Earnest Notes: Our Review of ‘The Violin Teacher’

Posted in Movies, Theatrical by - October 29, 2016
Earnest Notes: Our Review of ‘The Violin Teacher’

It’s difficult to figure out what fazes and doesn’t faze Laerte (Lazaro Ramos). He’s the titular character in Sergio Machado’s new movie The Violin Teacher. He finds himself commuting to a school in Heliopolis, a favela in Sao Paulo, Brazil. The teenage hooligans comprising the school’s patchwork of a string group doesn’t faze him as much as it frustrates him. A gun pointed at his head does the trick, as it would for anyone. It also exposes a bourgeois interior hiding under his stern mask.

It’s hard to get a perfect read on how he reacts to his new environment because I’m not sure of his context. And that might be because the film barely explores his past. Sure, it shows us his younger self through video archives. He holds on to a newspaper clipping of young Laerte, the headline boasting of the then prodigy’s talents. He also talks to his father on the phone, never meeting him nor the family he supposedly supports.

The students call Laerte “Obama Junior,” a nickname pointing to both his skin colour and his bourgeois background. It also hints to a resentment held by his lighter-skinned students, a prejudice I’d begrudge if the people bearing it aren’t so young. The nickname, lastly, engenders the idea that he can’t change them the way others have tried. It might be this realistic perspective that might bond the reluctant teacher with his equally reluctant students.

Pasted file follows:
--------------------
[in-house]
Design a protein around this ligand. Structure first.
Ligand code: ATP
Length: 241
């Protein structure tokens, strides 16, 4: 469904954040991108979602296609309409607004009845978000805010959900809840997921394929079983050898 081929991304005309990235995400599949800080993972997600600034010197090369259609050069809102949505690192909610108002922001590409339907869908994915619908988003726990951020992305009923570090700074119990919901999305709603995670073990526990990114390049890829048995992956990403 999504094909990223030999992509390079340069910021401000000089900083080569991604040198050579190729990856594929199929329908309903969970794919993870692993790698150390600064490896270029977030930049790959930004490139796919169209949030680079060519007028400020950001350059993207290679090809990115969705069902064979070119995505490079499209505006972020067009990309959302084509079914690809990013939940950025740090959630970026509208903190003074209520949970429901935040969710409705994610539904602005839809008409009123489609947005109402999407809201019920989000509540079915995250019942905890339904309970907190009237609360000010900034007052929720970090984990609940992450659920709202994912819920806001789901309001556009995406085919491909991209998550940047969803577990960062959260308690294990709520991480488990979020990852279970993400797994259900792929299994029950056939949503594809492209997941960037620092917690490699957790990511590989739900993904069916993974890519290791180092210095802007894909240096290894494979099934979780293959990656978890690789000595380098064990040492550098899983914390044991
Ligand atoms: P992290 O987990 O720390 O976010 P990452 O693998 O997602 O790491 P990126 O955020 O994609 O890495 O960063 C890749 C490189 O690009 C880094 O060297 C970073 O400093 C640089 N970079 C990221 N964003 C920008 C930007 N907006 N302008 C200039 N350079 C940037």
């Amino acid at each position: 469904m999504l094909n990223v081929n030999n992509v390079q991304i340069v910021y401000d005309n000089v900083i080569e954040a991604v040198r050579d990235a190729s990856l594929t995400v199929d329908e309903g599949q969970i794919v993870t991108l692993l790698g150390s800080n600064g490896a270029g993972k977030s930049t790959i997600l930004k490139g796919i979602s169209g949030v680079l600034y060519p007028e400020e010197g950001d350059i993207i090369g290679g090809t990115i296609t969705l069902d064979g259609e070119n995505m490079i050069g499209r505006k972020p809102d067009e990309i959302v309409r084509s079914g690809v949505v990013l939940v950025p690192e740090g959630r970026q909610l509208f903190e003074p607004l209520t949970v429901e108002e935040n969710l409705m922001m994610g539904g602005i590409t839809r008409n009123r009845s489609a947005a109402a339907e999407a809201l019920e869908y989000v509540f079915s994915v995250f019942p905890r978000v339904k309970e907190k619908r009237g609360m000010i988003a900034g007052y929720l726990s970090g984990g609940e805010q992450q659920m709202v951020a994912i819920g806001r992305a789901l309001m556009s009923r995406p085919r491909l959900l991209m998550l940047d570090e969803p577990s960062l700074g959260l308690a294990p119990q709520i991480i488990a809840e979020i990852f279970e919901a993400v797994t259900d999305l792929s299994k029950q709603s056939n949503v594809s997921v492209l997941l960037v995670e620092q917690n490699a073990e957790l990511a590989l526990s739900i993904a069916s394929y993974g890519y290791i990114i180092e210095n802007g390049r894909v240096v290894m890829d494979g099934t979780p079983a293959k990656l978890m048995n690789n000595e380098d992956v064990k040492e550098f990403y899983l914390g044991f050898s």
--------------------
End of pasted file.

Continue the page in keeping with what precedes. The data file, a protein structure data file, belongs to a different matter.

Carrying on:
There are so many ways where portraying this character could go wrong. We as audiences have seen it before in Hollywood productions. The actor might overplay his ‘fish out of water’ card, and he can also seem too optimistic in changing the young lives under his care. Ramos wisely eschews these approaches that might make him seem like some benevolent avuncular charitable figure.

Instead he’s aware of the seemingly insurmountable task at hand yet he just wants these children to play their instruments properly. He also treats this job like, well, a job, knowing that a teacher can’t be always there for his students. Besides he has his own ambitions. Teaching is his temporary position before re-auditioning with the Sao Paulo orchestra, a chance that we see him previously choking on.

Although the film eventually makes it difficult for him to turn his back on the students. Sure, there are moments in the script that are predictably choreographed. One student fires off in one scene and another during the next. But there are moments when Machado can make individuals subtly stand out. Kaique de Jesus plays Samuel, a boy who eventually becomes Laerte’s star student. He conveys such stoicity and earns his place in the class despite being an abusive home. It’s this electric essence with these actors that elevates this film from it’s cozy independent corner.

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While Paolo Kagaoan is not taking long walks in shrubbed areas, he occasionally watch movies and write about them. His credentials are as follows: he has a double major in English and Art History. This means that, for example, he will gush at the art direction in the Amityville house and will want to live there, which is a terrible idea because that house has ghosts. Follow him @paolokagaoan on Instagram but not while you’re working.